Friday, 23 January 2015

Everything I learned about blogging I learned from Carrie Bradshaw

Like all authors, I have an author platform. I blog and post on social media, yet up to now I've always been led to believe that everything I blog or post about should be about 'writing'. Let me tell you, this is very limiting, hence the reason I rarely blogged. What do I say about writing that's of interest to anyone other than another writer? And why would I only want to reach that audience? I only want to read about writing if I need to learn something such as when is it okay to kill off a character? and even then I Google it or I bring it up at an author's group.

It was after reading Kristen Lamb's book for authors, Rise of the Machines I realised that I was right to doubt it was only writers and avid readers who were my only audience. I receive Kristen's regular blog posts straight to my inbox and even though some of the content isn't my particular area of interest on that day, I read her articles because she's a fabulous storyteller.

I say article because I actually hate the word blog. It sounds like something is caught in the back of my throat. So I think of these as articles and that's how I approach writing them. But as I said, up to now the focus was on 'writing' only. Kristen's book highlighted to me that the optimum market for books isn't the avid book reader. It's everyone else. And when I was given the freedom to write about what interests me and what has so far shaped me as a person, the ideas began to flow. I keep a track of them all in a notebook. A conversation sparks an idea. Reading a newspaper article sparks an idea. I feel like Carrie Bradshaw - an idea sparks and off I run to my laptop.

I'll start first off by declaring my love for Sex and the City. I began watching it when I started dating my (now) husband. I used to come home after a date and want to bang my head against a wall and scream "what the hell is wrong with men?" Then I'd watch Sex and the City and I'd forget all about my man troubles and get swept up in their lives and somehow I knew everything would be okay. And it did work out okay. It's still one of my favourite TV shows.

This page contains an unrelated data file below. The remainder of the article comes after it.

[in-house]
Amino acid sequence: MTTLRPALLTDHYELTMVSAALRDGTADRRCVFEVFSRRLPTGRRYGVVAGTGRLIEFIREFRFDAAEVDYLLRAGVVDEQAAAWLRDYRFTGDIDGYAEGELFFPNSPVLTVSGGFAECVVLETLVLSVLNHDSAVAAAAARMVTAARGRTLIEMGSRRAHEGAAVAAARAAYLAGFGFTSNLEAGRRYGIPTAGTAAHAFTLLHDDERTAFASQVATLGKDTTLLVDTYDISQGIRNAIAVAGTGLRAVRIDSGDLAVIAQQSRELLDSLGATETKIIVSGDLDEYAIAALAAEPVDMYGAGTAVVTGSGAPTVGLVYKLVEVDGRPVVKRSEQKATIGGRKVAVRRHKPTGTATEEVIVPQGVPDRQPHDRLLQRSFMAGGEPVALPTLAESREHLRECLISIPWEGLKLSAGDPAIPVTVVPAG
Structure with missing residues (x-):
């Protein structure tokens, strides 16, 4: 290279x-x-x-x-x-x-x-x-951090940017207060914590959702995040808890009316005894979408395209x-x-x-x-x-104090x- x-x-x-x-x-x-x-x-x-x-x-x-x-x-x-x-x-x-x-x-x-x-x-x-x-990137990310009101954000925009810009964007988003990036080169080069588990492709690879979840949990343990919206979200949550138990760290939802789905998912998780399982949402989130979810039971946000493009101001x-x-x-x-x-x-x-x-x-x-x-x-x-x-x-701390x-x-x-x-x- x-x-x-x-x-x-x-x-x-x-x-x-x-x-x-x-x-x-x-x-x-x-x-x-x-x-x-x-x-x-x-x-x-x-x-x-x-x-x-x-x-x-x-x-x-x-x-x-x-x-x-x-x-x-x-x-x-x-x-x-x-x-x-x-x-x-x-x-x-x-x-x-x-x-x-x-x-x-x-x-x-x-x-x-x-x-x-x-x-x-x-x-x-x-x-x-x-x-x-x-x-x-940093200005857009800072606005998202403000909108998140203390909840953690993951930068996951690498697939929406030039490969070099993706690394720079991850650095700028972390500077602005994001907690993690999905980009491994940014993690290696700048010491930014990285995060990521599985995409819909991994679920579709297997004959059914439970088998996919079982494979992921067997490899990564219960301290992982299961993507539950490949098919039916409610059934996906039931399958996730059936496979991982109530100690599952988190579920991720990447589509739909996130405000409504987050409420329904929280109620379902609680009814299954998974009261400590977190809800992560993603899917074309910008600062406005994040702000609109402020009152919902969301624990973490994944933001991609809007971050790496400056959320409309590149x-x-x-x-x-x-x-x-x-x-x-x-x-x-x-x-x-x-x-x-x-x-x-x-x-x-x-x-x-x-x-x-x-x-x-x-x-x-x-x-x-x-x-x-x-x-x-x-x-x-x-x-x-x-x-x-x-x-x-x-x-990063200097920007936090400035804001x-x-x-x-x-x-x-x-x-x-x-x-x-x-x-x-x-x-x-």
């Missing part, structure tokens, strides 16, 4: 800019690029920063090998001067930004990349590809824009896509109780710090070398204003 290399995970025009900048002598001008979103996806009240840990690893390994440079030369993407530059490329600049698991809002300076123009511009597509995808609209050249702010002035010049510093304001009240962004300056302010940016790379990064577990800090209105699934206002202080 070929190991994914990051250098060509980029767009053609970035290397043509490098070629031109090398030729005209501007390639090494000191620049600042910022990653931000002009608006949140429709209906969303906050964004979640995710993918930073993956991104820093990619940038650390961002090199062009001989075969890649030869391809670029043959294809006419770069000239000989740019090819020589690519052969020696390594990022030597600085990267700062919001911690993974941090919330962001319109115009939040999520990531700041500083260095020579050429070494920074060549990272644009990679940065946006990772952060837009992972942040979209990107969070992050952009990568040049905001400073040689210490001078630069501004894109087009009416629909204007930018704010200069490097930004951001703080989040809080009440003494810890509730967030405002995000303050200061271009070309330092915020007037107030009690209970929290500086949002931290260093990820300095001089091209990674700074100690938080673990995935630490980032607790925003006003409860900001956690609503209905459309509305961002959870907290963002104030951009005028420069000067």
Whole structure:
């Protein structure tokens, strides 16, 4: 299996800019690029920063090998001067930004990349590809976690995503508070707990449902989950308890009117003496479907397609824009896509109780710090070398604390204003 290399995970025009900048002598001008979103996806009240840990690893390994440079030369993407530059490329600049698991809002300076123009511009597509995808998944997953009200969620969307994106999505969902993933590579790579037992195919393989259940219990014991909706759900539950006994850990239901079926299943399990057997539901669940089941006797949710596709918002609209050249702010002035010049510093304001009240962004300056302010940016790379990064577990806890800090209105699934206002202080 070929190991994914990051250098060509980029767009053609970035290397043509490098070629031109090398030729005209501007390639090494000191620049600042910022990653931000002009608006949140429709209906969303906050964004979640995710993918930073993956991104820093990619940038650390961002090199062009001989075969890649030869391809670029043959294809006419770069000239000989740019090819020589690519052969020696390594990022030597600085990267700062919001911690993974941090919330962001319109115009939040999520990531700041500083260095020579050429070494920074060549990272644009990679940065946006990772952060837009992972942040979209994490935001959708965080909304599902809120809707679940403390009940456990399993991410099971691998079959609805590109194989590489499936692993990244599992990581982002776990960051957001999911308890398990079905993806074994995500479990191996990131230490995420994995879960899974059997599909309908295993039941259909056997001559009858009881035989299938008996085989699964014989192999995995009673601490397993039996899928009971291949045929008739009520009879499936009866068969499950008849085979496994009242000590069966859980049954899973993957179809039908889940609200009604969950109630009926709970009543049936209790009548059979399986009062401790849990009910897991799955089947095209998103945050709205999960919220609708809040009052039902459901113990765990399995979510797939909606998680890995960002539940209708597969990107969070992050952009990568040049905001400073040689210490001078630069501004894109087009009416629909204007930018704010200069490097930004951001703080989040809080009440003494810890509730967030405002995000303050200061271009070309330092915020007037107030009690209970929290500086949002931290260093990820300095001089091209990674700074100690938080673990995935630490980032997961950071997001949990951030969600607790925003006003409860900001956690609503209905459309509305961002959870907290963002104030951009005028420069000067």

Anyone familiar with the show knows that Carrie Bradshaw gets an article idea mostly from the conversations she has with Samantha, Miranda, and Charlotte. There is a voice over throughout the show, only Carrie's POV as she is the central characters, and her voiceover says "I couldn't help but wonder..." and then we see Carrie in her New York apartment, sometimes smoking on a cigarette  and sometimes in her underwear, but always at her laptop typing up the article for her weekly column on dating and finding love. 




I wanted her lifestyle, sans the disastrous love life. Faced with their perilous pursuits, I think I'd prefer to stay single. anyway, Carrie was a paid columnist who became a bit of a celebrity. In today's environment you typically have to be a celebrity before you can get a column. Which is why I think blogging has become so prolific. Anyone can have a blog. Anyone can put their thoughts and ideas onto a page and share with others. If Sex and the City were written ten years later Carrie Bradshaw would probably be a blogger. There's a cute little post from a fashion blogger about Carrie and blogging if you'd like to read it. http://heartifb.com/2012/12/18/4-timeless-blogging-lessons-from-carrie-bradshaw/ and here's another post dedicated to Miss Bradshaw http://heartifb.com/2011/09/19/what-carrie-bradshaw-can-teach-you-about-blogging/